Creekside Cottages, Near Falmouth, Cornwall Carmarthen Bay South Wales Seafront chalet situated on estuary. Sleeps up to 6. Seaview. Well Behaved Dogs Welcome. Open from 1st March - 31st Dec. For brochure Tel: 01269 862191

Pinnock Wood Shepherd Hut A Bespoke Craftsman Built Shepherds Hut situated on a working livestock farm in an area of outstanding natural beauty. Ideally located for visiting all Cotswold Towns and Villages. Excellent walking Tel: 01242 604189 40

Waters-edge, Rural & Village Cottages Sleeping 2-8. Peaceful & Comfortable. Available year round. Dogs Welcome. Open Fires. Call us on 01326 375972 for our colour brochure Padstow house, 4 + baby, gardens, parking, Wi-Fi, Camel Trail, beaches 07887 813495 Wye Valley/Forest of Dean. Fully equipped 4-star single storey cottage. Two bedrooms both en-suite. Central heating/bedlinen provided. Rural retreat with shops/pubs one mile. Short breaks available. Warm welcome. Tel: 01594 833259 Self-catering cottages in countryside near Lyme Regis. Japanese food available. 01297 489589 Lanlivery near Eden and other Cornish Gardens lovely woodland lodge 2/4 people 01726 430489 Country Gardener

or Karen on 01608 684240

Accommodation with Beautiful Gardens North Devon near Clovelly. 3 delightful cottages situated in 12 acres of idyllic countryside. Sleeps 2-4. 1 Wheelchair friendly. Prices from £190 p.w. Brochure: 01237 431324

Near Stratford-upon-Avon Lovely self-catering cottage in peaceful location: Large garden, Sleeps 2. Perfect for famous gardens, NT properties & Cotswolds. Tel: 01789 740360

Penrice Castle Gower 16 holiday cottages on an 18th century Estate on the Gower Peninsula with beautiful Grade I listed historic park and gardens. Tel: 01792 391212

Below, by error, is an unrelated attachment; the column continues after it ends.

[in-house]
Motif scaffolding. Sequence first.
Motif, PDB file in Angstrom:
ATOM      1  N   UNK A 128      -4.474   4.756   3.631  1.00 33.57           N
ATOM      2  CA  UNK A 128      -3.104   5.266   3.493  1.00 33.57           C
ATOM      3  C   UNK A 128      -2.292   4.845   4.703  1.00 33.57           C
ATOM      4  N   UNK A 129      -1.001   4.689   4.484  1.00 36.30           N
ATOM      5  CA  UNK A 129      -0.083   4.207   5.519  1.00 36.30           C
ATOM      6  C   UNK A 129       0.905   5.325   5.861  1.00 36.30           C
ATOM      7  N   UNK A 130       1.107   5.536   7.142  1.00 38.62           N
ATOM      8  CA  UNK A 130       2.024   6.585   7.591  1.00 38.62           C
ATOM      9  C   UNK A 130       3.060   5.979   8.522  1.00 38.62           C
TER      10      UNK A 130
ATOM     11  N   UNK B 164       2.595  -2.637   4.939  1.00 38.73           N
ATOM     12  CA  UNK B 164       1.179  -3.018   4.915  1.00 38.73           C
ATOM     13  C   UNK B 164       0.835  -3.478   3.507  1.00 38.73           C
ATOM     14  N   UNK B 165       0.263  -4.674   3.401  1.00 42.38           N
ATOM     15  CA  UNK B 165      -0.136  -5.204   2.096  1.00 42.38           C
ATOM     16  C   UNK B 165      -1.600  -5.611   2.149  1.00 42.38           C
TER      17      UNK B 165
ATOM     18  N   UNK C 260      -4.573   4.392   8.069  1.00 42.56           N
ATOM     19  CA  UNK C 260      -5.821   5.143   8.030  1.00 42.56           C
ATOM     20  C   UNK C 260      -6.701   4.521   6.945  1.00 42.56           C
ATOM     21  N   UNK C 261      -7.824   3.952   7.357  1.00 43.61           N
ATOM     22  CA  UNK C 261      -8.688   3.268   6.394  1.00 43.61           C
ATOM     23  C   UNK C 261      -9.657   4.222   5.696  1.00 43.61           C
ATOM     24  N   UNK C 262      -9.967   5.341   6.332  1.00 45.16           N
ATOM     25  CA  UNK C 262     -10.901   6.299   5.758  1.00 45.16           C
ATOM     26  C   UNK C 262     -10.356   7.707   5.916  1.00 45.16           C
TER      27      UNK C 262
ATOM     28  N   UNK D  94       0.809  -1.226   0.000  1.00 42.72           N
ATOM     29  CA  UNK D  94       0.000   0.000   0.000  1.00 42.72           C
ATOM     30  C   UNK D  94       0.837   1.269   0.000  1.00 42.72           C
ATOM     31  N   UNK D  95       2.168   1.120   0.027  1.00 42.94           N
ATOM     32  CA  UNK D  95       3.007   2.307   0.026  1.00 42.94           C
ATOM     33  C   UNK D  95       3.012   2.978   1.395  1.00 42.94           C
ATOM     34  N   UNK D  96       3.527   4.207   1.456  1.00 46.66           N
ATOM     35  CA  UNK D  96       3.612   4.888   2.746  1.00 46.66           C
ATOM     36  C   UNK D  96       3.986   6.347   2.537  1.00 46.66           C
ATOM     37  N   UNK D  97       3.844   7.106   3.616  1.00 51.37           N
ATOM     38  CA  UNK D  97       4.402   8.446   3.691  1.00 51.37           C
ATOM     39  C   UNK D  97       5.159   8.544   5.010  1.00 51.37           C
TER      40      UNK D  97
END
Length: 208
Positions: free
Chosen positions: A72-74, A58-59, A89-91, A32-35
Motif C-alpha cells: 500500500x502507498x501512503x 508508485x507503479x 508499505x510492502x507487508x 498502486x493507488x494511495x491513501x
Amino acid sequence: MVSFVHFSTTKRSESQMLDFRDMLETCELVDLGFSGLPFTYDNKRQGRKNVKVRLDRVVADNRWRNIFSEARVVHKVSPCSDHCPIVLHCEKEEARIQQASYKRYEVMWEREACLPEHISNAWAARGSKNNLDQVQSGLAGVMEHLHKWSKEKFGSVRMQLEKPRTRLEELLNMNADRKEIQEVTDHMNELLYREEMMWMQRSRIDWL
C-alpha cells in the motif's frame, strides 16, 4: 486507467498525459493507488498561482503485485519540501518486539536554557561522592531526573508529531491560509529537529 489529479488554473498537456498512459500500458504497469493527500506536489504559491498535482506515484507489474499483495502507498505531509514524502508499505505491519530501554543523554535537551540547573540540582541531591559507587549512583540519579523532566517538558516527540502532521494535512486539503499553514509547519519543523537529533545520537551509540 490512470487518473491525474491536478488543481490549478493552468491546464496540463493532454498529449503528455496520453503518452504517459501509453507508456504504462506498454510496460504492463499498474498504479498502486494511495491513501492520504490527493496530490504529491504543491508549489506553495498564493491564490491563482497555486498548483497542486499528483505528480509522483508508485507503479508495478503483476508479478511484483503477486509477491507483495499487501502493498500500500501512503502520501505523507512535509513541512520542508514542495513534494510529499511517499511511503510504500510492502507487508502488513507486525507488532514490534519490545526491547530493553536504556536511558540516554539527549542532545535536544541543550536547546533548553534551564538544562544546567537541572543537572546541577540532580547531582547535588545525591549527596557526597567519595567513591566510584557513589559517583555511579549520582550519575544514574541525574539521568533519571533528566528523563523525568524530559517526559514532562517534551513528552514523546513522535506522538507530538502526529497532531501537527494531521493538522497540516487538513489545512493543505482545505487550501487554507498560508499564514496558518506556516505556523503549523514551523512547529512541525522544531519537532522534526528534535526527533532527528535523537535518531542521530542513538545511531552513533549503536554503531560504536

Garden Furniture

International dealer requires records (all types) old gramophones, phonographs, music boxes, radios, valves, telephones, early sewing machines, typewriters, calculators, tin toys, scientific instruments etc. Parts also wanted. TOP CASH PRICE PAID 07774 103139

Bed & Breakfast Somerset 5* Restaurant with Rooms. Close to many NT Gardens, Houses and Dorset Coast. Sculpture by the lakes in Dorset. Pet Friendly 01935 423902

Home Services UKs leading supplier of Teak Furniture for the Garden


Tel: 01256 809 640 sales

Garden Services


Cards & Prints A range of over 200 greetings cards and prints from the flower paintings of


We sell to both individuals and trade. No order too small. Contact us for your free 2018 catalogue Mill House Fine Art Publishing, Bellflower Gallery, Market Place, Colyton, Devon EX24 6JS

Tel. 01297 553100


Yenstone Walling Dry Stone Walling and Landscaping Patrick Houchen - DSWA member. Tel: 01963 371123 Wisteria Pruning, Improvement, Oxfordshire, surrounding area. Richard Barrett 01865 452334

Polytunnels from £399 available to view by appointment 01363 84948

Potato Day Events

Potato Days 2019 Coming soon to a venue near you!

‘Grow Your Own and Seed Potato’ days